February 06, 2006

'America's Greatest Middle East Sage'.


I just finished reading Bernard Lewis's much acclaimed History of The Middle East. The reason I read it is rather interesting; because Bernard Lewis is a name quoted so often in discussions pertaining to the Middle East especially by some big wigs in the field. In addition, this is also the prescribed text in many of the Ivy League schools such as Princeton and Yale. Given my interest in the region, and my curiosity about both the author and the book, after the winter break, despite the other work related readings I had to do, I mustered the courage to begin reading this text.

The first few chapters were quite interesting because they provided a compact history of the Middle East before Islam took it over. It was interesting to see how Christianity was weaned out of the region.

Half way through the book I realized that my interest was waning because of the detailed history of the emergence of the Shia and Sunni sects in Islam. But I held on until I came to the part where 'voila' oil comes into the picture and the Middle East becomes the center stage for a world political drama.

An informative text that would be of interest to anyone that wishes to better understand the current Middle East situation; to see it in its historical context.

Bernard Lewis in one of his interviews had the following to say about the current situation in Iraq, "Democracy is a strong medicine, which you have to give to the patient in small, gradually increasing doses. If you give too much too quickly, you kill the patient. ....I'm not sure a federal constitution will work in Iraq. It's too sophisticated at this stage. Relaxation of authority has to come gradually. You can't create a functioning democracy overnight."
Apparently, Mr. Lewis has high hopes for Iraq because its cultural and intellectual standards have "miraculously, if precariously, survived his ( Saddam's) ravages." Lewis also pointed out that the status of women is high in Iraq, and that is reassuring because as mothers they have tremendous impact on the next generation, and it makes "a great deal of difference to have an educated mother." But Lewis's main reason for optimism is that "Iraqis have gone through everything, and are much less likely to be taken in by the fanatical groups in the region". Will America's greatest guru's words come true?

9 comments:

Pacze Moj said...

This one's been on my reading list for a while. Now, with the whole cartoon bruhaha, I probably actually should read it.

Is it a dry read?

bablu said...

"status of women is high in Iraq"- it always was even during Saddam's regime...In fact women are given freedom in Iraq like nowhere else in the MiddleEast. But the main point is whether the Sunnis and Shias can work together for a future in Iraq? BTW your analysis on the the movie doing good at the Oscars in you earlier post was spot on. Cheers.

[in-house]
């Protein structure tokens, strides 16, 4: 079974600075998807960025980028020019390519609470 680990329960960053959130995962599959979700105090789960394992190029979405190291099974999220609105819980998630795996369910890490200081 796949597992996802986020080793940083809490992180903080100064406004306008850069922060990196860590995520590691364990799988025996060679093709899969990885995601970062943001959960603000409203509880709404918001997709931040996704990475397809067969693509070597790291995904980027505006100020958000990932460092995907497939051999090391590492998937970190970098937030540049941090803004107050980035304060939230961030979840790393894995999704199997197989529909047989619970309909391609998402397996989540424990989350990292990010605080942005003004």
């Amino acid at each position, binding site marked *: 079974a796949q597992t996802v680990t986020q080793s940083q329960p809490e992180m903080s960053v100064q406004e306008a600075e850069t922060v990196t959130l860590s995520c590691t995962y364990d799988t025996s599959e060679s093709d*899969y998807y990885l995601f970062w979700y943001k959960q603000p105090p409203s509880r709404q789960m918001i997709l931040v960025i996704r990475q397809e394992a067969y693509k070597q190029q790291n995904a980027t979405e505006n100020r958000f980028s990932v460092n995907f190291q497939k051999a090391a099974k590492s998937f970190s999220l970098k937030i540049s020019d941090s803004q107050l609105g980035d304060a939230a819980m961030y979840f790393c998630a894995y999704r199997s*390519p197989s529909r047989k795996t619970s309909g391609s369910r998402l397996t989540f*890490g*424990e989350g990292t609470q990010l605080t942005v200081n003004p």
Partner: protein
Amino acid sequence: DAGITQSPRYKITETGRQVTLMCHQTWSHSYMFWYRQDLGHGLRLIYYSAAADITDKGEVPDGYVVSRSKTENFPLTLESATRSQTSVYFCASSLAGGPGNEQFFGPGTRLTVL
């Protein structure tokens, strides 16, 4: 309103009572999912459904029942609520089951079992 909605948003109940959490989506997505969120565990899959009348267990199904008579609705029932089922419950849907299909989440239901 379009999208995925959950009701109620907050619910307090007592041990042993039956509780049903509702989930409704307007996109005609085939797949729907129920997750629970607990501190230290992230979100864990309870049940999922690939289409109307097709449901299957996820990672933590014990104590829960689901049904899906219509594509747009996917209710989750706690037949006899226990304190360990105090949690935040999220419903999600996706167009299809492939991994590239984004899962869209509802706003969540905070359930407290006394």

Ayesha said...

Bernard Lewis. Famous for authoring "Roots of Rage" which was instrumental in kicking off the Islam vs the Rest debate. He belongs to the US school of thought that believes that Islam is not compatible with democracy and is largely quite radical in his views on the Muslim world. So I am a little surprised that he now considers democracy to be the panacea of all problems in Iraq. More likely, he is singing to the Bush administration's tune - which is quite possible too as he is considered highly by the Bush Camp.

But if there indeed has been a change of heart, then it's most welcome.

Id it is said...

pacze moj,
It definitely isn't racy, but I wouldn't term it dry either. There are a few chapters in the middle that were a trifle too technical for a generalist reader like me, but other than that I got through it pretty fast.

Id it is said...

bablu,
Thanks. Indeed, Brokeback Mountain did break many a (movie) back to have made it there. Let's see how many awards it finally bags.

Id it is said...

Ayesha,
You are right about Bernard Lewis's writings creating many a divide; not only between 'Islam and the rest', but at a significantly smaller scale among eminent academicians of History in the USA.
In his recent writings, Lewis admits to and documents a growing chasm between Islamic countries and the United States, but it's not a vision without hope. To quote from a 2005 article Freedom and Justice in the Modern Middle East:
"Equality among believers was a basic principle of Islam from its foundation in the seventh century, in marked contrast to both the caste system of India to the east and the privileged aristocracies of the Christian world to the west. Islam really did insist on equality and achieved a high measure of success in enforcing it.........
The record would seem to indicate that as late as the nineteenth or even the early twentieth century, a poor man of humble origins had a better chance of rising to the top in the Muslim Middle East than anywhere in Christendom, including post-revolutionary France and the United States....
The creation of a democratic political and social order in Iraq or elsewhere in the Middle East will not be easy. But it is possible, and there are increasing signs that it has already begun."

Dr. Deborah Serani said...

My list of books to read is getting longer and longer. I hope I can find the time to get to them all. Thanks for another find.

Shirazi said...

I totally subscribe to your ideas on Anonymous blogging. Thanks.

jedi said...

Bernard Lewis. Absolute genius when it comes to interpreting islam. Just read his "What went wrong?" on 9/11.Reading ur thoughts, i guess "History of The Middle East" should be next.